Perennial vegetables

Could be worth a try. Everyone's favorite, artichoke, is well known as are asparagus and rhubarb. I failed at growing rhubarb last year and the year before and the year before so maybe I'll have luck with some other vegetable.

Full articles here and here in the SF Chronicle. My attention to the article courtesy of whoreticulture.

My notes, condensed from the articles
  • Cardoon - eat the mid ribs
  • French sorrel - In mild climates, the lemony leaves are edible year-round
  • Jerusalem artichoke (a.k.a. sunchokes) - The tubers are crisp, nutty and sweet, and can be eaten raw, baked, boiled in soups or mashed along with potatoes.
  • Lovage - large celery-like perennial that grows up to 6 feet tall. Its flavor is very intense. The young leaves and stems lend themselves well to soups.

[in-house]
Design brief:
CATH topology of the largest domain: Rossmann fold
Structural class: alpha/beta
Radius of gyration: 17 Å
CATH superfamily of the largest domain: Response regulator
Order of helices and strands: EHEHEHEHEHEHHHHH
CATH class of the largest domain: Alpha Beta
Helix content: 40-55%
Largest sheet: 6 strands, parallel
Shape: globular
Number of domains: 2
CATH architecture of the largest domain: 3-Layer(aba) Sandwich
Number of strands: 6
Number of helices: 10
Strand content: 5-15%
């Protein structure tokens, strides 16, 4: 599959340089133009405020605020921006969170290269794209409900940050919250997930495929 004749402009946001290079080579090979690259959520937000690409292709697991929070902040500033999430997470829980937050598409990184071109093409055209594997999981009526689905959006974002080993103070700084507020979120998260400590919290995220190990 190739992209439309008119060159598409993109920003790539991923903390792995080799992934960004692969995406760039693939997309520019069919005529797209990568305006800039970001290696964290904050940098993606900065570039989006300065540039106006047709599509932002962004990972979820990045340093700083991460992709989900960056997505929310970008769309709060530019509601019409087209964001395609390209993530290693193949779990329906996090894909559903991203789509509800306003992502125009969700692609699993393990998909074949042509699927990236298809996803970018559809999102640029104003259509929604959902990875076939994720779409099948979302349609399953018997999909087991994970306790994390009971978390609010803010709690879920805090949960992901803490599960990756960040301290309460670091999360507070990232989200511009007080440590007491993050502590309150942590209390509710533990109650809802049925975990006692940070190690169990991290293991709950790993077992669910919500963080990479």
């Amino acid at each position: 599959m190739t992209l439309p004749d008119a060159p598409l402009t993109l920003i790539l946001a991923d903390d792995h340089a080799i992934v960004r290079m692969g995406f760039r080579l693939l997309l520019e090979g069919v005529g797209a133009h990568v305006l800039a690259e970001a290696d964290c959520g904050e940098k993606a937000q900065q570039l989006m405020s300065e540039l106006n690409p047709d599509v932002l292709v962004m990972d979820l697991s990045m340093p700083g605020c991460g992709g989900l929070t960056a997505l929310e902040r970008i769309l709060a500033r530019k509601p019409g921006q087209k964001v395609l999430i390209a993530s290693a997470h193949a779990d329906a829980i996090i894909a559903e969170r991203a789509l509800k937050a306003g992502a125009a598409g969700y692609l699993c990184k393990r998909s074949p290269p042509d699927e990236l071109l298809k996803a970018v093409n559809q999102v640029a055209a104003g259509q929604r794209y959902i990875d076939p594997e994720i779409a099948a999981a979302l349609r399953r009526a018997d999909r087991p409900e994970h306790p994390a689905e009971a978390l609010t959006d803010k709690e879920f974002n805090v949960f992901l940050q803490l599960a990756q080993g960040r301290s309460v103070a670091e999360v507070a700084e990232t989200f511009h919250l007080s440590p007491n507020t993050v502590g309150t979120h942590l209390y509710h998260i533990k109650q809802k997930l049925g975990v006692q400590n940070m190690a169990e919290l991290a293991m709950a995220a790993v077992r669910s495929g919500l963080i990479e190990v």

• Mashua - An Andean root crop, mashua is a relative of the nasturtium. Mashua is a vigorously growing vine; give it a trellis to climb. The long, white, fingerlike tubers, which can be baked, roasted or put in a soup.
  • Nettle - Cooking will take away the sting, and the cooked tender leaves and shoots taste like spinach.
  • Oca - Andean root crop grown similar to potatoes. The tubers are harvested at the end of the growing season.
  • Pepino dulce - The pepino plant actually produces a fruit similar in taste to cantaloupe.
  • Tree collards - Produce a kale-like brassica leaf year-round in cooler climates. The leaves are good steamed, braised and in soups, stews and casseroles.
  • Yacón - An aster, and yet another Andean root crop, yacón produces small, football-like tubers that are mostly eaten raw, similar to a jicama.

1 comment:

  1. You may be interested in this article, which suggests some slightly more prosaic vegetables.